On my first day of class in fall 2016, I picked up a copy of The VanCougar. That was the start of a routine, and every two weeks I’d pick up a new copy on my way in the library to study. I really appreciated the ability to stay informed about campus events, projects, and policies. Last spring when I heard the managing editor position was open, I instantly recognized the role I could play here at The VanCougar. Since I began last May, I’ve worked with Editor in Chief Rachel Wilson to revamp The VanCougar’s presence on campus, and I firmly believe that this will be the best year The VanCougar will have had to date.
I’m a 21-year-old senior on track to graduate in May. After graduation, I’m attending law school on my path to becoming a lawyer. I’m taking the Law School Admissions test on September 16th, and after that, I’ll have a better idea of the schools to which I want to apply. Don’t ask me what type of lawyer I’m going to be—I don’t know. I find most areas of legal field interesting including business law, civil procedure, and constitutional law.
My interest in the law began in high school when I competed in speech in debate. I became somewhat attracted to the speech part of it, but what really excited me was the ability to practice logic, reasoning, and critical thinking. I enjoy structuring arguments and using deductive reasoning to determine truth or the validity of a position. It may be somewhat idealistic, but the legal system’s focus on logic and reasoning is what has led me down my educational and career path.
It’s also what excites me about journalism. I transferred here from Clark College, and while there I worked for four quarters at the school newspaper. I quickly realized that in many ways, true journalism practices a similar search for the truth. As journalists, we’re tasked with accurately reporting what goes on in the world. Sometimes it’s not easy to determine what is happening and that is when we have to put in the time and effort to find the information readers need. As a student news publication, we have a limited number of topics on which we report, but I still wish to promote that same integrity and search for truth within our organization.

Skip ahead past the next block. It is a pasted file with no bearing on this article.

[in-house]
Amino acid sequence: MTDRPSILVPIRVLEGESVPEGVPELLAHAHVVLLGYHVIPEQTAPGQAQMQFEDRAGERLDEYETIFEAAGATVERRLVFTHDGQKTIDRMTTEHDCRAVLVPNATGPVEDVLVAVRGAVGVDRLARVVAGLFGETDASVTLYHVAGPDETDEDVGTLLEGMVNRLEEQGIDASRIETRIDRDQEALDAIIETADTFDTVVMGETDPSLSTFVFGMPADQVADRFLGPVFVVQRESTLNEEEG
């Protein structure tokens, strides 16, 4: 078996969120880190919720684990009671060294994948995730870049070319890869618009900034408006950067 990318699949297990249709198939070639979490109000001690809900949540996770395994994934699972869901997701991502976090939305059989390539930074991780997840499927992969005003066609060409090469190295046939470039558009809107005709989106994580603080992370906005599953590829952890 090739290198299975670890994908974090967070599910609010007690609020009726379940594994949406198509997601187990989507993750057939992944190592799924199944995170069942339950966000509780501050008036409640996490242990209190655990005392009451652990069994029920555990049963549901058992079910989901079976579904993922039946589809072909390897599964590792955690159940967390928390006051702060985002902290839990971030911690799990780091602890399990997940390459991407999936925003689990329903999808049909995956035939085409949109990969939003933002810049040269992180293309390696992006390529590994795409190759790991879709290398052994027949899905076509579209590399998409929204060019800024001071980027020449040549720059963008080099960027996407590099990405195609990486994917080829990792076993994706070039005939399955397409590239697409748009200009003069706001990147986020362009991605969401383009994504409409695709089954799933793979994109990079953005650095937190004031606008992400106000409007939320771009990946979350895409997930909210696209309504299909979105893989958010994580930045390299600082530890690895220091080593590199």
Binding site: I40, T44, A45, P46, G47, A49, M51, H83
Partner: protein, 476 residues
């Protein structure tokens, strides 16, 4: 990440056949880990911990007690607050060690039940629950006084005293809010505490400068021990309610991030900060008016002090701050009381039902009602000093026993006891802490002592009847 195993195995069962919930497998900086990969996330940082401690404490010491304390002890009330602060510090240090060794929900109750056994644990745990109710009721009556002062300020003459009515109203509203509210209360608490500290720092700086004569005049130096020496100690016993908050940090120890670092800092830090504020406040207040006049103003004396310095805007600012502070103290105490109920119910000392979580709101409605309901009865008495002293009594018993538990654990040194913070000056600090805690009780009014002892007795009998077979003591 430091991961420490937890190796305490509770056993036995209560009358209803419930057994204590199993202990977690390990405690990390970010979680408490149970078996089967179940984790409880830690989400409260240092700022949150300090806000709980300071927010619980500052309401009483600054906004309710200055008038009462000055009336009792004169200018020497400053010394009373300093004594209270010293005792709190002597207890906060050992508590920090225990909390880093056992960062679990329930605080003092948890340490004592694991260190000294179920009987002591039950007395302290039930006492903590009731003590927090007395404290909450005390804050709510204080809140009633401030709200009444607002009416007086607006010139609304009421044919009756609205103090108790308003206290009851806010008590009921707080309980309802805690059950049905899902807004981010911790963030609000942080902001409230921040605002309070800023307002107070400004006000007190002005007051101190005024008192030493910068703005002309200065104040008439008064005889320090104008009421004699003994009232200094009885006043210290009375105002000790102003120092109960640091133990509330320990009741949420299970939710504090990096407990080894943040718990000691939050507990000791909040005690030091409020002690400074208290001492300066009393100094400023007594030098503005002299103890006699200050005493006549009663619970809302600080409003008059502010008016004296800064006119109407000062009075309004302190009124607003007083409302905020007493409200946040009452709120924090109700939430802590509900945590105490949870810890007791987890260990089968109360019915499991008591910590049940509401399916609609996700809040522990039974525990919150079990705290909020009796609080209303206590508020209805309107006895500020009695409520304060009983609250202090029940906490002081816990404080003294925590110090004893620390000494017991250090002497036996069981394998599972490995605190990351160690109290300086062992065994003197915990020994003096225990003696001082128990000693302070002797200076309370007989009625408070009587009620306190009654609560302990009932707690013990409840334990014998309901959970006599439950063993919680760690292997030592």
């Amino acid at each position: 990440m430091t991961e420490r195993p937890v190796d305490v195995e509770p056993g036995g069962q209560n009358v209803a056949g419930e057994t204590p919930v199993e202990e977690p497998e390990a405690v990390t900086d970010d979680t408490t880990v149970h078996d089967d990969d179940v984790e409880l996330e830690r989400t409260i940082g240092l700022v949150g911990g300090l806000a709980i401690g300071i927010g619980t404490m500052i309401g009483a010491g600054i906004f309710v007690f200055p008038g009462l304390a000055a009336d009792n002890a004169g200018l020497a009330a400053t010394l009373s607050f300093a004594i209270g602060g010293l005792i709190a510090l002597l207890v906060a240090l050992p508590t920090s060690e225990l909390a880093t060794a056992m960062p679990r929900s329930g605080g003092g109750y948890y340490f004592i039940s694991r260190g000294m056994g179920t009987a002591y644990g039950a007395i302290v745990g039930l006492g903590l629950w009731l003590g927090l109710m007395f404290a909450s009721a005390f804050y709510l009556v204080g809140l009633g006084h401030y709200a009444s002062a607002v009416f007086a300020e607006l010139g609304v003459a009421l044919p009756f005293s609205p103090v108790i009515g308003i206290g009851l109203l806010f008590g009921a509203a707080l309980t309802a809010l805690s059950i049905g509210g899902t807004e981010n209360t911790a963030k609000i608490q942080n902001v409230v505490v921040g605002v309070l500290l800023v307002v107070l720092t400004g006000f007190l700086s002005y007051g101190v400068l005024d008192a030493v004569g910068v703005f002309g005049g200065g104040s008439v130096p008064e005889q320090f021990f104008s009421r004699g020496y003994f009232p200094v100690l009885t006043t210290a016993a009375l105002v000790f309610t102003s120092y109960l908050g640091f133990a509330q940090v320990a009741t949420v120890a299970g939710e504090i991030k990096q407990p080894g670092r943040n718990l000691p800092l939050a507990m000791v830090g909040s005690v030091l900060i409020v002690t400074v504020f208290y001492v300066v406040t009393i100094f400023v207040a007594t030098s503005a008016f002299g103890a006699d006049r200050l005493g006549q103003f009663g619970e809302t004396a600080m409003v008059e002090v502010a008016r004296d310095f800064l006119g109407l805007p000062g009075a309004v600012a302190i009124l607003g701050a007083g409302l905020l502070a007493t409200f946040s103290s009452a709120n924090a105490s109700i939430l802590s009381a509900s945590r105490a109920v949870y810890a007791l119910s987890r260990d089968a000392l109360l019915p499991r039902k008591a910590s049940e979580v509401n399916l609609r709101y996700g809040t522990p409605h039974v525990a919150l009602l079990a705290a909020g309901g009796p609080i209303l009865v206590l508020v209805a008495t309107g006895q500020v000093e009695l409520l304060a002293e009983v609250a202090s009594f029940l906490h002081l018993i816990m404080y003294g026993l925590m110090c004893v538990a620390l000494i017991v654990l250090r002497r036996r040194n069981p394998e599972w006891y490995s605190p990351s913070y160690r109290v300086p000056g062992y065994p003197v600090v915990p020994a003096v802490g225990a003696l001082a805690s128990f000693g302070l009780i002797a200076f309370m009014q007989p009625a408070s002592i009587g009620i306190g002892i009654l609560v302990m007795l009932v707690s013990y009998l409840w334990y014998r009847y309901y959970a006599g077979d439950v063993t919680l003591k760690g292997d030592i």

Part of the way The VanCougar intends to do that this year is by informing students of campus policies and projects. In this issue, you’ll read stories on everything from a new technology fee to how legislative decisions at a state level are affecting campus. It is my hope that you come to rely on us as a reliable and accurate source for information that affects you as a student.
As a school without any on-campus housing, I feel that some students struggle to stay informed about campus policies and many are not connected to the campus community. Associated Students of Washington State University Vancouver President Jose Scott and Vice President Naomi Grande campaigned last year on a promise to incorporate student feedback and participation into their administration. That can be difficult if students themselves are unaware of campus policies and projects. My goal is to help bridge that disconnect.
Throughout the year we also plan to incorporate student feedback. Our new magazine-style format is in part a result of feedback from students. In the next week or two, our website thevancougar.com will also receive a makeover.
If you have information on a potential story, if you want to correct a mistake in an issue, or if you just want to know more about what we do, don’t hesitate to send me an email at firstname.lastname@example.org. I’m always happy when people on campus interact with us.
I’ll see you around campus!
2017 – 2018